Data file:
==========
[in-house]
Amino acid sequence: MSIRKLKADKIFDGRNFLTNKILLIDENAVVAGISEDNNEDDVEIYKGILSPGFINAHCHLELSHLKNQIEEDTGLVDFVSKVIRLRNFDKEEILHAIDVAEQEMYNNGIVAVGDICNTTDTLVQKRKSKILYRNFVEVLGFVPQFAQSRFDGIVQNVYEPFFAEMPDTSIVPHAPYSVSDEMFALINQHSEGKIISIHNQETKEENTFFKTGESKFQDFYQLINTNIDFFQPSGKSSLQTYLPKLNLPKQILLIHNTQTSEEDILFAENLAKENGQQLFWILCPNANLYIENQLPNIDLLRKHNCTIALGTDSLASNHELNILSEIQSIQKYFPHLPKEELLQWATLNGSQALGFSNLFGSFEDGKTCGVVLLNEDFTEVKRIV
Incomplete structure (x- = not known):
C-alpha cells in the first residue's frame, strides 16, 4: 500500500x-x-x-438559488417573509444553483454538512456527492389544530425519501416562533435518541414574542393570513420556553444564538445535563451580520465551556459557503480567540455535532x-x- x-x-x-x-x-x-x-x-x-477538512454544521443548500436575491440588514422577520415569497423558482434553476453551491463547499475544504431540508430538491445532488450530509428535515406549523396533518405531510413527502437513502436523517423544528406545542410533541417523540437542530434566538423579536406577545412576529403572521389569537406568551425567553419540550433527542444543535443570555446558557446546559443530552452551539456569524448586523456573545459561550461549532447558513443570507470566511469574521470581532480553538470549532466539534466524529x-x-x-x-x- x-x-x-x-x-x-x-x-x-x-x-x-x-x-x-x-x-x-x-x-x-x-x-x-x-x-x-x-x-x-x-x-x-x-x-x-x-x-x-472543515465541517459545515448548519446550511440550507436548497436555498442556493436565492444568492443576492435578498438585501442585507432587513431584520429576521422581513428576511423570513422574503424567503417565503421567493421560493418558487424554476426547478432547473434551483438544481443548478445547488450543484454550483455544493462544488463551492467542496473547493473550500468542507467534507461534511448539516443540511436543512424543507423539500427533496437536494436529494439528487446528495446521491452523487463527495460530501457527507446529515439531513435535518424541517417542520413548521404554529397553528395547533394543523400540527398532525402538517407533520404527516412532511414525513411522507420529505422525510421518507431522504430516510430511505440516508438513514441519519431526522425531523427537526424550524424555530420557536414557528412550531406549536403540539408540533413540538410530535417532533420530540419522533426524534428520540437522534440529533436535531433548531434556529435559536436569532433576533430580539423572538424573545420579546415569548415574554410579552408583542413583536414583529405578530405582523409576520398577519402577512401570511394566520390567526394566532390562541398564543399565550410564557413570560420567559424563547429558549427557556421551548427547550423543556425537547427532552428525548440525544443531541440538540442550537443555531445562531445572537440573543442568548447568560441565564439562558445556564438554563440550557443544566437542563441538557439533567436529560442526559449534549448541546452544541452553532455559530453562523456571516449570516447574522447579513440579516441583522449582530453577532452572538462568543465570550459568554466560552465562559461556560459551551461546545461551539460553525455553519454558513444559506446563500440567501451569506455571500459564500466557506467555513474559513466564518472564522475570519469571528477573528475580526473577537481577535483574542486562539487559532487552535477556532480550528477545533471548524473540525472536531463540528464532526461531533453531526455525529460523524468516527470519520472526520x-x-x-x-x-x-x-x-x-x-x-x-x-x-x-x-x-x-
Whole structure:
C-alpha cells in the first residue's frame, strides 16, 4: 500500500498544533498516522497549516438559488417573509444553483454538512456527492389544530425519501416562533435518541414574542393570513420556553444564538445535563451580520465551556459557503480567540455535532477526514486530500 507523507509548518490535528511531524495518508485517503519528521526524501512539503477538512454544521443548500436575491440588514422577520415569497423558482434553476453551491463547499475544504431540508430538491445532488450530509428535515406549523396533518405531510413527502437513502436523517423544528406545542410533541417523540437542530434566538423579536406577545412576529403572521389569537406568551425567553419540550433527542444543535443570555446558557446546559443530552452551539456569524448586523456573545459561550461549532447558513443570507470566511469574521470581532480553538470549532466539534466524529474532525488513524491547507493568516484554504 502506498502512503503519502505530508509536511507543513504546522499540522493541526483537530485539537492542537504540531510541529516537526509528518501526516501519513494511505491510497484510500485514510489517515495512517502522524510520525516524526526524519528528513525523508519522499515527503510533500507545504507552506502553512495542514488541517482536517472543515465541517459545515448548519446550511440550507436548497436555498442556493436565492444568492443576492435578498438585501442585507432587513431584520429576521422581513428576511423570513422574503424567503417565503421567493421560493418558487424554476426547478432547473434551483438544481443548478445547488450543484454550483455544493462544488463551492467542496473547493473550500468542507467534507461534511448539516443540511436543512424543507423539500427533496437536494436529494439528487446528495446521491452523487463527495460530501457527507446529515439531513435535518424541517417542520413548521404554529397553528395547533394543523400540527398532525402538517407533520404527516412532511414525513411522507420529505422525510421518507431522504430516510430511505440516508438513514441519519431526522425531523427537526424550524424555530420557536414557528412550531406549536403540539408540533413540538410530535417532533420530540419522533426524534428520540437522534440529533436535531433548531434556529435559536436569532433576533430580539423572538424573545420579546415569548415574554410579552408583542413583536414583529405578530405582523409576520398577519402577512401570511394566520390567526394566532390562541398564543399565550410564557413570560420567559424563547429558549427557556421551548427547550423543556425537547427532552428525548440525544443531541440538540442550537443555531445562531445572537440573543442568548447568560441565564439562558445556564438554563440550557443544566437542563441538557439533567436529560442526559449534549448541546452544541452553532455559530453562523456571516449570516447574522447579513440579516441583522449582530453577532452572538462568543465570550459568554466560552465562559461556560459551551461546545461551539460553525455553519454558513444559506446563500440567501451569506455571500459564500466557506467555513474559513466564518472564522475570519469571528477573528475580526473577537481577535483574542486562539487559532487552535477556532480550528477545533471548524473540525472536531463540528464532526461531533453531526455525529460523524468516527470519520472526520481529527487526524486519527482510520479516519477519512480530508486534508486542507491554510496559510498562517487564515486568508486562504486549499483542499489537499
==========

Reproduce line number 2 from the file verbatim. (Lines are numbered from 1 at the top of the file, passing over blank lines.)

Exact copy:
Amino acid sequence: MSIRKLKADKIFDGRNFLTNKILLIDENAVVAGISEDNNEDDVEIYKGILSPGFINAHCHLELSHLKNQIEEDTGLVDFVSKVIRLRNFDKEEILHAIDVAEQEMYNNGIVAVGDICNTTDTLVQKRKSKILYRNFVEVLGFVPQFAQSRFDGIVQNVYEPFFAEMPDTSIVPHAPYSVSDEMFALINQHSEGKIISIHNQETKEENTFFKTGESKFQDFYQLINTNIDFFQPSGKSSLQTYLPKLNLPKQILLIHNTQTSEEDILFAENLAKENGQQLFWILCPNANLYIENQLPNIDLLRKHNCTIALGTDSLASNHELNILSEIQSIQKYFPHLPKEELLQWATLNGSQALGFSNLFGSFEDGKTCGVVLLNEDFTEVKRIV